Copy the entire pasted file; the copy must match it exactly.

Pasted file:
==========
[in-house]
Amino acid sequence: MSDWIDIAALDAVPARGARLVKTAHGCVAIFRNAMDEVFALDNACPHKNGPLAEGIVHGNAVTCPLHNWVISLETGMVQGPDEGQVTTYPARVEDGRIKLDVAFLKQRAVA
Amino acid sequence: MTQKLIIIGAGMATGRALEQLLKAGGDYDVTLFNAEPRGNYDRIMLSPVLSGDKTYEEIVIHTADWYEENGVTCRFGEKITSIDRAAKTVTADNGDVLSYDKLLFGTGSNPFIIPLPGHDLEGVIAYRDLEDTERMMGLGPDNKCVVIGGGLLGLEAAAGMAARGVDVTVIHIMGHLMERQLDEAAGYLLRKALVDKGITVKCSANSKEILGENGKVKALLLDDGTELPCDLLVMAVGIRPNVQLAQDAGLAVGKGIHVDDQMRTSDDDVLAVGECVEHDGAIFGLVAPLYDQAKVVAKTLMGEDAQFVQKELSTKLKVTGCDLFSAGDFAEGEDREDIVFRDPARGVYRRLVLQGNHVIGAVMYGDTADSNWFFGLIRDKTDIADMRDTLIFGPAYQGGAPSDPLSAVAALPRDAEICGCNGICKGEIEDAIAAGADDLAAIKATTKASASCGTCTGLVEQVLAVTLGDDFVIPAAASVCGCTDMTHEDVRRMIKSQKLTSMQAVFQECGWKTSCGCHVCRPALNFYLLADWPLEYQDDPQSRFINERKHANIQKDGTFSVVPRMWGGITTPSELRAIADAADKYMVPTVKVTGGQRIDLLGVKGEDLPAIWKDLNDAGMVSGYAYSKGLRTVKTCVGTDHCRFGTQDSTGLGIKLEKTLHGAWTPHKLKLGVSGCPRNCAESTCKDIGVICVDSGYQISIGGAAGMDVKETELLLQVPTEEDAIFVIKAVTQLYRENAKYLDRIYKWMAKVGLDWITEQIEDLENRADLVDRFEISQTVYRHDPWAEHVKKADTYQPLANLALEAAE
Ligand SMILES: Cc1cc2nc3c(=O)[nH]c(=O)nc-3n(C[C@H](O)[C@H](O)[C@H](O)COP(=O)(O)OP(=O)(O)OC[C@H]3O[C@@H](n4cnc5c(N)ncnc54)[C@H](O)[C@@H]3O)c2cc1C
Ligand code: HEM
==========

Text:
[in-house]
Amino acid sequence: MSDWIDIAALDAVPARGARLVKTAHGCVAIFRNAMDEVFALDNACPHKNGPLAEGIVHGNAVTCPLHNWVISLETGMVQGPDEGQVTTYPARVEDGRIKLDVAFLKQRAVA
Amino acid sequence: MTQKLIIIGAGMATGRALEQLLKAGGDYDVTLFNAEPRGNYDRIMLSPVLSGDKTYEEIVIHTADWYEENGVTCRFGEKITSIDRAAKTVTADNGDVLSYDKLLFGTGSNPFIIPLPGHDLEGVIAYRDLEDTERMMGLGPDNKCVVIGGGLLGLEAAAGMAARGVDVTVIHIMGHLMERQLDEAAGYLLRKALVDKGITVKCSANSKEILGENGKVKALLLDDGTELPCDLLVMAVGIRPNVQLAQDAGLAVGKGIHVDDQMRTSDDDVLAVGECVEHDGAIFGLVAPLYDQAKVVAKTLMGEDAQFVQKELSTKLKVTGCDLFSAGDFAEGEDREDIVFRDPARGVYRRLVLQGNHVIGAVMYGDTADSNWFFGLIRDKTDIADMRDTLIFGPAYQGGAPSDPLSAVAALPRDAEICGCNGICKGEIEDAIAAGADDLAAIKATTKASASCGTCTGLVEQVLAVTLGDDFVIPAAASVCGCTDMTHEDVRRMIKSQKLTSMQAVFQECGWKTSCGCHVCRPALNFYLLADWPLEYQDDPQSRFINERKHANIQKDGTFSVVPRMWGGITTPSELRAIADAADKYMVPTVKVTGGQRIDLLGVKGEDLPAIWKDLNDAGMVSGYAYSKGLRTVKTCVGTDHCRFGTQDSTGLGIKLEKTLHGAWTPHKLKLGVSGCPRNCAESTCKDIGVICVDSGYQISIGGAAGMDVKETELLLQVPTEEDAIFVIKAVTQLYRENAKYLDRIYKWMAKVGLDWITEQIEDLENRADLVDRFEISQTVYRHDPWAEHVKKADTYQPLANLALEAAE
Ligand SMILES: Cc1cc2nc3c(=O)[nH]c(=O)nc-3n(C[C@H](O)[C@H](O)[C@H](O)COP(=O)(O)OP(=O)(O)OC[C@H]3O[C@@H](n4cnc5c(N)ncnc54)[C@H](O)[C@@H]3O)c2cc1C
Ligand code: HEM